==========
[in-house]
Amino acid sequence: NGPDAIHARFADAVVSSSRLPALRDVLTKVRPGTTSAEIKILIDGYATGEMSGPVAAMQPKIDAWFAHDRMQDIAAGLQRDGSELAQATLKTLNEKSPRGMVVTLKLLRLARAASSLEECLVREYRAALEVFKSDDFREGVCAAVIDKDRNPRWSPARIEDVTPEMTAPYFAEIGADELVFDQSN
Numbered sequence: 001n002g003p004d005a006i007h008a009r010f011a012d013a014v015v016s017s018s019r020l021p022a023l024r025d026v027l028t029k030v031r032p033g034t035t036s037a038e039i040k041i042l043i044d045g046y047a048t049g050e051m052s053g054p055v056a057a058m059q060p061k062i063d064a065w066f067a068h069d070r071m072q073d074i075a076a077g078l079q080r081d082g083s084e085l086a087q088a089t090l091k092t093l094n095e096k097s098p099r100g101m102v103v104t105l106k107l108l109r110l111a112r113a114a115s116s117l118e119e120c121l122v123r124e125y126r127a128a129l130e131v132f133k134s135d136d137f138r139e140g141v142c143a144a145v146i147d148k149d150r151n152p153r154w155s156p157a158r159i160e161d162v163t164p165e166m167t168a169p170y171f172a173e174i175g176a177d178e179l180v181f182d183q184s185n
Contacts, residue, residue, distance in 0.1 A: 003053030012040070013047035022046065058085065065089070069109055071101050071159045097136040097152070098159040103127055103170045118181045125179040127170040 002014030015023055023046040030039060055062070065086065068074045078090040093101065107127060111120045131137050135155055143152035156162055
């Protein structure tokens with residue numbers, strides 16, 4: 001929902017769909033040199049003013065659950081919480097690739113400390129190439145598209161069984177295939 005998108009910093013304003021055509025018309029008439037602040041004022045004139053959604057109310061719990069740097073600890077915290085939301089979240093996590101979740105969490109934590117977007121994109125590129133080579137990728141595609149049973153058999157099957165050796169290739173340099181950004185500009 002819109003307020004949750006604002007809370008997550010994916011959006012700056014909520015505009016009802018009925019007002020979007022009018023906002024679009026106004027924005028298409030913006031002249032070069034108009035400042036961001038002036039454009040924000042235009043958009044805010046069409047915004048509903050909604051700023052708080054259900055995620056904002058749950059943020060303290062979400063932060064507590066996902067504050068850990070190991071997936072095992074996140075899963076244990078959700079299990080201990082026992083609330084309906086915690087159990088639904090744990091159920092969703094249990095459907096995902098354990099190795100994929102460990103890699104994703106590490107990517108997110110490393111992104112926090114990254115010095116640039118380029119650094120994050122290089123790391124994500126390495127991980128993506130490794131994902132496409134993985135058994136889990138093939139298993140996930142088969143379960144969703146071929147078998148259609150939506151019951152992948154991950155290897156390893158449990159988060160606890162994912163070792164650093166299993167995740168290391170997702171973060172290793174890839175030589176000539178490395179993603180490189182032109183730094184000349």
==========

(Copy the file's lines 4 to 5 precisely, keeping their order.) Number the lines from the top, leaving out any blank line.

Contacts, residue, residue, distance in 0.1 A: 003053030012040070013047035022046065058085065065089070069109055071101050071159045097136040097152070098159040103127055103170045118181045125179040127170040 002014030015023055023046040030039060055062070065086065068074045078090040093101065107127060111120045131137050135155055143152035156162055
């Protein structure tokens with residue numbers, strides 16, 4: 001929902017769909033040199049003013065659950081919480097690739113400390129190439145598209161069984177295939 005998108009910093013304003021055509025018309029008439037602040041004022045004139053959604057109310061719990069740097073600890077915290085939301089979240093996590101979740105969490109934590117977007121994109125590129133080579137990728141595609149049973153058999157099957165050796169290739173340099181950004185500009 002819109003307020004949750006604002007809370008997550010994916011959006012700056014909520015505009016009802018009925019007002020979007022009018023906002024679009026106004027924005028298409030913006031002249032070069034108009035400042036961001038002036039454009040924000042235009043958009044805010046069409047915004048509903050909604051700023052708080054259900055995620056904002058749950059943020060303290062979400063932060064507590066996902067504050068850990070190991071997936072095992074996140075899963076244990078959700079299990080201990082026992083609330084309906086915690087159990088639904090744990091159920092969703094249990095459907096995902098354990099190795100994929102460990103890699104994703106590490107990517108997110110490393111992104112926090114990254115010095116640039118380029119650094120994050122290089123790391124994500126390495127991980128993506130490794131994902132496409134993985135058994136889990138093939139298993140996930142088969143379960144969703146071929147078998148259609150939506151019951152992948154991950155290897156390893158449990159988060160606890162994912163070792164650093166299993167995740168290391170997702171973060172290793174890839175030589176000539178490395179993603180490189182032109183730094184000349």